Login     Register

        Contact Us     Search

Calculating Internal Rates of Return

Dec 15

Written by: Charles Flock
12/15/2008 10:19 AM  RssIcon

Insight into the XIRR and XNPV functions as implemented in Microsoft Excel and in WestClinTech's XLeratorDB/financial.

We have posted a new version of XLeratorDB/financial which you can now download. The new version includes changes to XIRR and XIRR_q which improves the calculations where cumulative cash flows are less than zero. We have also made changes to make XIRR, XIRR_q, XNPV and XNPV_q to eliminate dependencies on the order of data. Many thanks to Munish Kumar for his suggestions and input on this.
How XIRR works
XIRR is an iterative process that attempts to find values for ‘rate’ which will return zero or a number sufficiently close to zero in the XNPV calculation. We had originally implemented this using a technique known as the secant method.
It turns out that while the secant method was sufficiently robust and efficient for data sets which had positive cumulative cash flows, it was not quite so good where the data sets contained negative cumulative cash flows. Thus, we changed methodologies and implemented a method which combines 2 other iterative techniques, the Newton –Raphson method and the bisection method. We then ran the new XIRR and XIRR_q across our test system and duplicated the results obtained from EXCEL. Our test system has approximately 100,000 randomly generated test cases with over 2.7 million cash flows. For each one of these test cases we separately calculated the XIRR value using worksheetfunction.XIRR and stored it on the data base.
We also changed XIRR and XIRR_q to not be dependent on the order of data. In the previous version, internal rate of return was calculated from the first date in the resultant table, so that if the results were not properly ordered the calculation would not be what you would otherwise expect. It was easy enough to order the results by using an ORDER BY, but we decided that it made life easier to not make that a requirement.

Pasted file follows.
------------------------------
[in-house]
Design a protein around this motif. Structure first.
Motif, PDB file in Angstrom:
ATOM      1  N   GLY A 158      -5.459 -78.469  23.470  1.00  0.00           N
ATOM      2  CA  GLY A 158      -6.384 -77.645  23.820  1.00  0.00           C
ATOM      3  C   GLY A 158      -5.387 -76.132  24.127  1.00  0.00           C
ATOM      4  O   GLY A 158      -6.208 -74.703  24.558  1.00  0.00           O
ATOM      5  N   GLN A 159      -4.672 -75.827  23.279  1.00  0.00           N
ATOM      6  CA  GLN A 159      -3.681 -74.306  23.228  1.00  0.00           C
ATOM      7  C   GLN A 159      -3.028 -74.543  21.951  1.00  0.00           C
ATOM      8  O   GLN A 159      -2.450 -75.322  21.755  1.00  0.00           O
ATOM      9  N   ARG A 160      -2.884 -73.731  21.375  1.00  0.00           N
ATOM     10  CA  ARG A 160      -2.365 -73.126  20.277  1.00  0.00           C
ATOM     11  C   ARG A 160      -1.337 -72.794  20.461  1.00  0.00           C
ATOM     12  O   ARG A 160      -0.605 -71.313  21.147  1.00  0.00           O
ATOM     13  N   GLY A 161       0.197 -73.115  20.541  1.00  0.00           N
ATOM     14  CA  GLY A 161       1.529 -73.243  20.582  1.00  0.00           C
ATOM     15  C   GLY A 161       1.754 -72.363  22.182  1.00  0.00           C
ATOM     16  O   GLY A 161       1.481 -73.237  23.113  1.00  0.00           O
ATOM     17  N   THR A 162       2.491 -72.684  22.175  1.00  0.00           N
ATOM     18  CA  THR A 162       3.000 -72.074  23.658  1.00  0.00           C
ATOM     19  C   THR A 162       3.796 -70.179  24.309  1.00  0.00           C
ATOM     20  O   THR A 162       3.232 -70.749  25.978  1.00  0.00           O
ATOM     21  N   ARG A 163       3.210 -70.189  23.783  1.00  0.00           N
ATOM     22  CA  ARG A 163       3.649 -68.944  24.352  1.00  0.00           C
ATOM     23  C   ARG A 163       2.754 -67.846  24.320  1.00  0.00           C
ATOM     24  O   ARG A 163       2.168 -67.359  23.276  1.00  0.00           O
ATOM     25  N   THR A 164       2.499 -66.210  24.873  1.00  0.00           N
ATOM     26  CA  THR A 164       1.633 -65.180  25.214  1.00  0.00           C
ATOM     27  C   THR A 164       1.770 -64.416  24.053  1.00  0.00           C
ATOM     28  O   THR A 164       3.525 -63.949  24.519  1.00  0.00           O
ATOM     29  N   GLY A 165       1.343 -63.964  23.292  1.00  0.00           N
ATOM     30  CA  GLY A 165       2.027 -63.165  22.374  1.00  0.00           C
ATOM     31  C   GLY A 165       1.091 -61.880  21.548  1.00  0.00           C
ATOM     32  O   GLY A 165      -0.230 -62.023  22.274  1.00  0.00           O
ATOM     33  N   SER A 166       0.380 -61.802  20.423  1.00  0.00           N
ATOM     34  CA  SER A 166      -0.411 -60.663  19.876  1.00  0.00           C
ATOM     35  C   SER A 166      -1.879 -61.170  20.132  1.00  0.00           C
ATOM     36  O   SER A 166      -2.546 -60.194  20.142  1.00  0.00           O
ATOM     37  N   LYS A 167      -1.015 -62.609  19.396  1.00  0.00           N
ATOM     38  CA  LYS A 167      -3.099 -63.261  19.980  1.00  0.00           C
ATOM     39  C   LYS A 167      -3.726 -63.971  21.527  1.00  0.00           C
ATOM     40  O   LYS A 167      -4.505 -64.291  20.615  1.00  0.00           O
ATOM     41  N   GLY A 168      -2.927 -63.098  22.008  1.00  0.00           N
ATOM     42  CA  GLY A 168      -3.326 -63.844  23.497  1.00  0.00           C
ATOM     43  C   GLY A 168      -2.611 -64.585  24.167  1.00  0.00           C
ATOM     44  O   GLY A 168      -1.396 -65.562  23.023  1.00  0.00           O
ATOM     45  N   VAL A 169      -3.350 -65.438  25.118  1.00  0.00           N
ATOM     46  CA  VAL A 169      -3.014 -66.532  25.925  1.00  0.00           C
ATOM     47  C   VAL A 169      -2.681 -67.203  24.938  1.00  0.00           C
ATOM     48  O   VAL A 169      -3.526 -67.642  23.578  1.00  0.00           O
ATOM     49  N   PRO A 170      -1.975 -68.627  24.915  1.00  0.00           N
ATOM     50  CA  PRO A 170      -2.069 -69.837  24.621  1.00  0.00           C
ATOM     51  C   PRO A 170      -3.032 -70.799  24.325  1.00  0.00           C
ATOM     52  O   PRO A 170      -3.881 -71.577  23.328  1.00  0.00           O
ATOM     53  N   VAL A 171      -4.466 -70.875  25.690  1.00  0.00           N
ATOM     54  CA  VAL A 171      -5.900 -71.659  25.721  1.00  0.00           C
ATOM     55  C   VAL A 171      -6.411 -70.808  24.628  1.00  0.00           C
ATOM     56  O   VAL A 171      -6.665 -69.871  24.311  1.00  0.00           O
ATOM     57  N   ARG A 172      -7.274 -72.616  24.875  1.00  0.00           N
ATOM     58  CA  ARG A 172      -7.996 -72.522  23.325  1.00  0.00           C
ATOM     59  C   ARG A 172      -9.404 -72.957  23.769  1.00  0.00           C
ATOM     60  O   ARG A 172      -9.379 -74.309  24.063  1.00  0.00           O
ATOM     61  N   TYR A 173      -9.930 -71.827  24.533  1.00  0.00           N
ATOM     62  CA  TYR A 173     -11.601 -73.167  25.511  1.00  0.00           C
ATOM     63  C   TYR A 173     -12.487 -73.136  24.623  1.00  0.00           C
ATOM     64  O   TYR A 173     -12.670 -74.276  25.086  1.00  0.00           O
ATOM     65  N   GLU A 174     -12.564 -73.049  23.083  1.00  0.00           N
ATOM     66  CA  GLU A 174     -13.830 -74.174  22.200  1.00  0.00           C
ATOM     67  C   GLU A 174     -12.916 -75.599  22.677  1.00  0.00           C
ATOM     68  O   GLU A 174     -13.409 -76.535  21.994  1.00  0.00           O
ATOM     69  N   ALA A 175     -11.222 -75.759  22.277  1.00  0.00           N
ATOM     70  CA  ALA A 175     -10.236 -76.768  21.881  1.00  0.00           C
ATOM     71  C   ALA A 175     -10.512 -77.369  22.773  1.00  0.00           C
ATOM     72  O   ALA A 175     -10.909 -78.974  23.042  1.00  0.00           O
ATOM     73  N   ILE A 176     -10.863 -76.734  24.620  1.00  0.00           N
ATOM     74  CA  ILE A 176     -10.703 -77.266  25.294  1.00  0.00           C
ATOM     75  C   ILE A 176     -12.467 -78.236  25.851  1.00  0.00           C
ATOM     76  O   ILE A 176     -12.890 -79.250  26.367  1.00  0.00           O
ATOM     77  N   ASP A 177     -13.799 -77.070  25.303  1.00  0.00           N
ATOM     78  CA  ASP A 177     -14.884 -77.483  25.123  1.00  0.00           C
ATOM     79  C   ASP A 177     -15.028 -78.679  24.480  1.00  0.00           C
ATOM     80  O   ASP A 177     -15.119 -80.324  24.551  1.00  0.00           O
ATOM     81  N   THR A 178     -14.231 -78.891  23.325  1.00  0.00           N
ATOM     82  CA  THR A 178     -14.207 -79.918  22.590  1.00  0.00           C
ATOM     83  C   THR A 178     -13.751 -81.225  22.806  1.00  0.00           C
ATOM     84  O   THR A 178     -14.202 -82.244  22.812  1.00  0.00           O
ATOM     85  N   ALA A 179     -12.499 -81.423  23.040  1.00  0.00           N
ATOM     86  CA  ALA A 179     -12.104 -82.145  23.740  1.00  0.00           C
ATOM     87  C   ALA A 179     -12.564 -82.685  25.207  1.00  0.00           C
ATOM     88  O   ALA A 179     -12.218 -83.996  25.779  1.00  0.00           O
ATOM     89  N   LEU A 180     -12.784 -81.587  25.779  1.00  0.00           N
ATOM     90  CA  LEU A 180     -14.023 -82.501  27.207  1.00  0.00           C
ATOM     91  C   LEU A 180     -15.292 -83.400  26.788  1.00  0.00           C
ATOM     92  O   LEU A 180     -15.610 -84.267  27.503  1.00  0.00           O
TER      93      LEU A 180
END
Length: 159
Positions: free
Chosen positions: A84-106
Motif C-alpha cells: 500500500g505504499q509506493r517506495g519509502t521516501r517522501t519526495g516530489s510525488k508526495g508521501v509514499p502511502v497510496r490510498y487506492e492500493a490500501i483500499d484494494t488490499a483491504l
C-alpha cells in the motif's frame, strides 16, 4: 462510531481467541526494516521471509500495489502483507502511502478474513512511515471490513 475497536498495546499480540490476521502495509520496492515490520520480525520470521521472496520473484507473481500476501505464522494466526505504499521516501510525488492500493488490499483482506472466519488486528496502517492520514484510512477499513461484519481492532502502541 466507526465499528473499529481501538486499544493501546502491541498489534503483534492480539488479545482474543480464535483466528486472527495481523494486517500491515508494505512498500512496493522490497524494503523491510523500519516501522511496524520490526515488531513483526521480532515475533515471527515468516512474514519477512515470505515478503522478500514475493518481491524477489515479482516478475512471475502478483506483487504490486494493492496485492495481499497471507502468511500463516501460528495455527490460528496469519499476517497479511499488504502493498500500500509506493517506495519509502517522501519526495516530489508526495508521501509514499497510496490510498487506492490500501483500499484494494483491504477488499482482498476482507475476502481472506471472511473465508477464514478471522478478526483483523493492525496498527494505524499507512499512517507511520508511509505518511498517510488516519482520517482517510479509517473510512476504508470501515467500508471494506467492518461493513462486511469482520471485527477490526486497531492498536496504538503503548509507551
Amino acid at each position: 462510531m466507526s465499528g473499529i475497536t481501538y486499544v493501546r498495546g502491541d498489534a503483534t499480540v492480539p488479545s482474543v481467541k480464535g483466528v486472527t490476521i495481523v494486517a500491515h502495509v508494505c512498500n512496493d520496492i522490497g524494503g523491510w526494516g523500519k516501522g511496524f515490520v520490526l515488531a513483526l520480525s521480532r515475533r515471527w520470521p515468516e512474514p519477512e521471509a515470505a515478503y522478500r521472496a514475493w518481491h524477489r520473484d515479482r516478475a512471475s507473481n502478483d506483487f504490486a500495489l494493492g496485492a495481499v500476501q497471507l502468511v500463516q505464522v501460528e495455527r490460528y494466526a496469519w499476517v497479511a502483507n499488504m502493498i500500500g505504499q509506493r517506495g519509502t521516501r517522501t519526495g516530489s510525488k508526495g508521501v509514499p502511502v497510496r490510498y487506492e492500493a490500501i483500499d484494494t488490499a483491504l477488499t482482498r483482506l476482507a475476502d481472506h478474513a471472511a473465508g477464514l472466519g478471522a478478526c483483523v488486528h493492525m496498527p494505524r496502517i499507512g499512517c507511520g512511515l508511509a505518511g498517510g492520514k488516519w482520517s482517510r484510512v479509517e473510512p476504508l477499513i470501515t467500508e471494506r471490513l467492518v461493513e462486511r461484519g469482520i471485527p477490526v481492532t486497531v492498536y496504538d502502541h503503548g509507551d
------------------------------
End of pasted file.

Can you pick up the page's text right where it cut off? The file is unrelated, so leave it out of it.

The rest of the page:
We were also able to verify our results by using the results of the XIRR and XIRR_q functions, calling XNPV with the same cash flows and verifying that the result was near zero (within 8 decimal places).
What we found in EXCEL
The first thing that we found was that order mattered in EXCEL, too. EXCEL will return different results depending on the order of the dates. For predictable and consistent results in EXCEL, you need to make sure that your cash flows are in date order.
The second thing requires a bit more explanation. In creating test data, we discovered that when the cumulative cash flows are around zero and there are changes in sign, we would occasionally return a negative IRR and EXCEL would return a positive IRR. This turned out to be very tricky to confirm as the XNPV function will not accept negative rates (which is odd, since XIRR will calculate them). The wct.XNPV function confirmed that the negative rate would return an XNPV of zero. I also manually calculated it and included it in this spreadsheet which you are free to download. The spreadsheet also contains examples of the first problem.

Nobody should really be surprised by this situation. Basically XIRR is trying to find the solution to a polynomial which, by definition, has more than one solution. Normally I would think of the square root of 64 as being 8, but it’s also -8. The cubed root is 4, but the fourth root is 2 and -2. In the case of XIRR, solutions which are less than or equal to minus 1 can be discarded, but there are clearly situations where a positive and negative XIRR will compute an XNPV of zero. Which of these results are ‘correct’? It’s not for me to say.

Copyright 2008-2013 WestClinTech LLC         Privacy Policy        Terms of Service